Felix Mabhuku (not his real name) is a teacher and was a polling official at a Bikita secondary school.

During polling, he said, he saw two of his male former Form 6 students and a local businessman being assisted to vote.

Those who were assisting the voters were a group of known Zanu PF activists who walked in and out of the polling station.

To make a circus of the process, voters, including those who were claiming to be illiterate, would later be required to append signatures onto a separate polling station book, something which they did free of any hassles.

Further investigations revealed that Zanu PF had a well-choreographed voting system in which traditional leaders dragged dozens of their people to station some 500 metres outside polling centres.

The chief would release his people in batches to go and vote in a particular order.

In some cases, Zanu PF used headmen as polling agents.

Their job was to ensure the people who were told to ask for assistance comply with the instructions and follow the order.

“At Chireya primary school in Mashonaland East, headmen Michael Tupe, Simon Ruvura and Givemore Nehurambe were Zanu PF polling agents,” said ZPP.

Other headmen who were cited in the illegal practice were named as Pisai, Njini, Madhaka, Madhume, Munyenyiwa, Musinagura, Panye, Millo and Vhimisai in Masvingo rural.

The bias towards Zanu PF was confirmed by National Council of Chiefs (NCC) president Fortune Charumbira who encouraged other traditional leaders to support Zanu PF’s 2018 election campaigns.

A Zanu PF activist from Bikita South said on condition of anonymity that he was among party activists who were tasked by Ward 31 Councillor Maud Ngwenya to ferry villagers to Banana Tent polling station.

Ngwenya, according to the activist, was supervising other activists assigned to ferry voters to polling stations in the area and to follow the order as instructed during earlier party meetings.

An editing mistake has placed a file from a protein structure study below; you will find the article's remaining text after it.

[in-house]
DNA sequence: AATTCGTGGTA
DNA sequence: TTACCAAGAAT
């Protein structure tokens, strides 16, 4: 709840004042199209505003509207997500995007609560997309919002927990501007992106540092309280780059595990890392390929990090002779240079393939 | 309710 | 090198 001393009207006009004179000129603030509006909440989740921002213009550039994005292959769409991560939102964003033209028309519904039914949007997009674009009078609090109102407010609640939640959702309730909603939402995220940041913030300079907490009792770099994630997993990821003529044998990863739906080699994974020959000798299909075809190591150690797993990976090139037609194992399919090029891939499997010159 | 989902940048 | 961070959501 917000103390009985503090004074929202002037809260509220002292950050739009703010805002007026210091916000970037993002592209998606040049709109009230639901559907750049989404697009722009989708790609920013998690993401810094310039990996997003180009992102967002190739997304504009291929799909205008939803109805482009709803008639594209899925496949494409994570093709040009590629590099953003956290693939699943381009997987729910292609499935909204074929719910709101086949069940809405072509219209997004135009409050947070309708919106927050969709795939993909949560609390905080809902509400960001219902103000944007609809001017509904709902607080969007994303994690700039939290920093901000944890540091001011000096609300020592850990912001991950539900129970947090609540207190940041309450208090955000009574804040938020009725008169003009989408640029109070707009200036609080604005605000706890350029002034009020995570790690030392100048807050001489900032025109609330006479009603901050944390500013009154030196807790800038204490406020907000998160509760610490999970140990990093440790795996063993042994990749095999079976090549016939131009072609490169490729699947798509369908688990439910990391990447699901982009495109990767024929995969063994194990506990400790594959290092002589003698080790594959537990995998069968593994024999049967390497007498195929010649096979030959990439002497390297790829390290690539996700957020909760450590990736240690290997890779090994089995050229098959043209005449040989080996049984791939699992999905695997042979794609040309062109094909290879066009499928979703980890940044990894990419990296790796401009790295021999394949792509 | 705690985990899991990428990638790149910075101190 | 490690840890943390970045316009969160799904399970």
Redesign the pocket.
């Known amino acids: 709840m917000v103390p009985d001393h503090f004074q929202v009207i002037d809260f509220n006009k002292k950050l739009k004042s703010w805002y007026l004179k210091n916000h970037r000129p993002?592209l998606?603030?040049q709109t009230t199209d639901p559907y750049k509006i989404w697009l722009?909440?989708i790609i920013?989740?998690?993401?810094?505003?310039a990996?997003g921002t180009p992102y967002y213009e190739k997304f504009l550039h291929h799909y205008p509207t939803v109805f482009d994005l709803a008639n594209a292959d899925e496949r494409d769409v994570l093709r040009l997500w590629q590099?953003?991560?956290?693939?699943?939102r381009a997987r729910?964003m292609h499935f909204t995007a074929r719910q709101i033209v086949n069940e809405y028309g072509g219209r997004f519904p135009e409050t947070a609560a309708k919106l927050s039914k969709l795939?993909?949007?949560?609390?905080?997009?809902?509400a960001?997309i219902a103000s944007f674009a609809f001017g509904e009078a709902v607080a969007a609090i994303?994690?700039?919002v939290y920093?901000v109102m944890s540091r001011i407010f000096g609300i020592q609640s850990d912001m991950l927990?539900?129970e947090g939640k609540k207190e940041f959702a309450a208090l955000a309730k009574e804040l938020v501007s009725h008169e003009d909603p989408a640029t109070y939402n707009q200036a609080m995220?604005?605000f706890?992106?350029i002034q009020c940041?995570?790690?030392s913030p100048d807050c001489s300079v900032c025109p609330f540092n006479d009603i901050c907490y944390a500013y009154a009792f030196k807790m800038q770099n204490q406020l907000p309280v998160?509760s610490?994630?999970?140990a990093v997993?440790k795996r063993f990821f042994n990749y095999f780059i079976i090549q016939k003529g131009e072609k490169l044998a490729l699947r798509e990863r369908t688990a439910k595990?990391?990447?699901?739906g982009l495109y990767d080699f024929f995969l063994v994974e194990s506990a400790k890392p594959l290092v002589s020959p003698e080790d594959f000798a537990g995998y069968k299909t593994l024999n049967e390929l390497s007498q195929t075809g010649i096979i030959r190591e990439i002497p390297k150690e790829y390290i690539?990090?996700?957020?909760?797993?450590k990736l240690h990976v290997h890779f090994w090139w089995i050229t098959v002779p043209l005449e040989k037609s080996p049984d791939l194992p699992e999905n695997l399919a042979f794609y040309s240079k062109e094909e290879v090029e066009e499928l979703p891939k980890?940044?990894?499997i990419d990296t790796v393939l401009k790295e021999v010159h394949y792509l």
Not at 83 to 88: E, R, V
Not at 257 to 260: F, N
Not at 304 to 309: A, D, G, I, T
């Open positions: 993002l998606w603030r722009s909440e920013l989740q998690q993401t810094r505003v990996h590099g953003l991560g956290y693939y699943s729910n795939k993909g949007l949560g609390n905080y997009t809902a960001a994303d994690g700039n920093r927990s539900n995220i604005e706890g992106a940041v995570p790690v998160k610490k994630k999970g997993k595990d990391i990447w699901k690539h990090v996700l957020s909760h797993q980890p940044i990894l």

Asked to comment, Ngwenya was livid over the accusations.

“How can a woman like me have all the power and energy to commandeer grown men to polling stations to go and vote for Zanu PF?

“Where were the police when I was doing all that? Why are those people coming to you to make those complaints? Why are they not going straight to the police?

“There were election observers. Did they say that I bussed people to polling stations?”

It however emerged that not everyone who was assisted to vote was directly forced to request for any assistance.

Edith Maphosa is 55 and has consistently voted unaided since the 1980 elections.

She said she voluntarily asked to be assisted to vote at a school in Bikita South by a Zanu PF activist because she feared victimisation if the MDC won the constituency.

Maphosa said she and her family suffered in 2008 when MDC presidential candidate Morgan Tsvangirai won the first round of the poll and thereafter, she has been among “suspects” who have been denied food assistance.

By volunteering to be assisted, she was trying to convince her abusers that she did not vote the opposition.

Acting Zimbabwe Electoral Commission CEO Utoile Silaigwana denied any knowledge of forced assisted voting.

“If at all these things happened then they happened outside our polling stations and in that case we had no jurisdiction over them.

“What I can safely tell you is that in our voter education we emphasised that your vote is secret. All those who were not able to vote on their own due to illiteracy or physical impairment were allowed to bring trusted persons of their choice to assist them for as long as those helpers were above 18 years of age.”

ZEC CEO Utoile Silaigwana